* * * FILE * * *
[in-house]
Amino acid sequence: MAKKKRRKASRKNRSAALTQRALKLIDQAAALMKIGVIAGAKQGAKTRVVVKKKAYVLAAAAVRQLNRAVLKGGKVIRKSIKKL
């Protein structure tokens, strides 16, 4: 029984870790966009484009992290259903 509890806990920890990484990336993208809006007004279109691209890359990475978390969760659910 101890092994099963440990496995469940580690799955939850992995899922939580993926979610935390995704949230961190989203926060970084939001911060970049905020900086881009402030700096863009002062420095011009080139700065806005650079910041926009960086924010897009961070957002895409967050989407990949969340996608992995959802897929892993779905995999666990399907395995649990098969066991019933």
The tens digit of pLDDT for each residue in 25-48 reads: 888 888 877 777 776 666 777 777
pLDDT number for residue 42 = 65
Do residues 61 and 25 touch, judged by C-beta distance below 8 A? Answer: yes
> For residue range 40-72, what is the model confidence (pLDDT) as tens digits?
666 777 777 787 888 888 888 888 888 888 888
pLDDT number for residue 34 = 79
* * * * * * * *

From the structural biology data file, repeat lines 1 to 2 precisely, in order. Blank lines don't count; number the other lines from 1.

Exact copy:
[in-house]
Amino acid sequence: MAKKKRRKASRKNRSAALTQRALKLIDQAAALMKIGVIAGAKQGAKTRVVVKKKAYVLAAAAVRQLNRAVLKGGKVIRKSIKKL